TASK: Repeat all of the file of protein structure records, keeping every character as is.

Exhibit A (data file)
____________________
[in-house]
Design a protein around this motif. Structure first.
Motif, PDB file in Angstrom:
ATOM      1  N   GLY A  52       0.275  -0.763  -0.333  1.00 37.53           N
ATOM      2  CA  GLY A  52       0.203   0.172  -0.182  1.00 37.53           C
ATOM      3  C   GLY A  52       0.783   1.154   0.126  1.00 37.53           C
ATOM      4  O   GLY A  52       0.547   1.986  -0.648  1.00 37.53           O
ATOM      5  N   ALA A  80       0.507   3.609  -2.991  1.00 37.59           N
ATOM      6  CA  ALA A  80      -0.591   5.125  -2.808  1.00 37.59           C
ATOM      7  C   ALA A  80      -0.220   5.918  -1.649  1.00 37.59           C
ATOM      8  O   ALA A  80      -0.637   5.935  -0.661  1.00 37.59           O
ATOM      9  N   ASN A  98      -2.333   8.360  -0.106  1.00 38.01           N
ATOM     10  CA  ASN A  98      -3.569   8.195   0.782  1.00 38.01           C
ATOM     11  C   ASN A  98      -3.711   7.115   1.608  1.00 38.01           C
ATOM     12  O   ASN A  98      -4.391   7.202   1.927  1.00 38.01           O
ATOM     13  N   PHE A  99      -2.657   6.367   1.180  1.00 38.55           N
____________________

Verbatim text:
[in-house]
Design a protein around this motif. Structure first.
Motif, PDB file in Angstrom:
ATOM      1  N   GLY A  52       0.275  -0.763  -0.333  1.00 37.53           N
ATOM      2  CA  GLY A  52       0.203   0.172  -0.182  1.00 37.53           C
ATOM      3  C   GLY A  52       0.783   1.154   0.126  1.00 37.53           C
ATOM      4  O   GLY A  52       0.547   1.986  -0.648  1.00 37.53           O
ATOM      5  N   ALA A  80       0.507   3.609  -2.991  1.00 37.59           N
ATOM      6  CA  ALA A  80      -0.591   5.125  -2.808  1.00 37.59           C
ATOM      7  C   ALA A  80      -0.220   5.918  -1.649  1.00 37.59           C
ATOM      8  O   ALA A  80      -0.637   5.935  -0.661  1.00 37.59           O
ATOM      9  N   ASN A  98      -2.333   8.360  -0.106  1.00 38.01           N
ATOM     10  CA  ASN A  98      -3.569   8.195   0.782  1.00 38.01           C
ATOM     11  C   ASN A  98      -3.711   7.115   1.608  1.00 38.01           C
ATOM     12  O   ASN A  98      -4.391   7.202   1.927  1.00 38.01           O
ATOM     13  N   PHE A  99      -2.657   6.367   1.180  1.00 38.55           N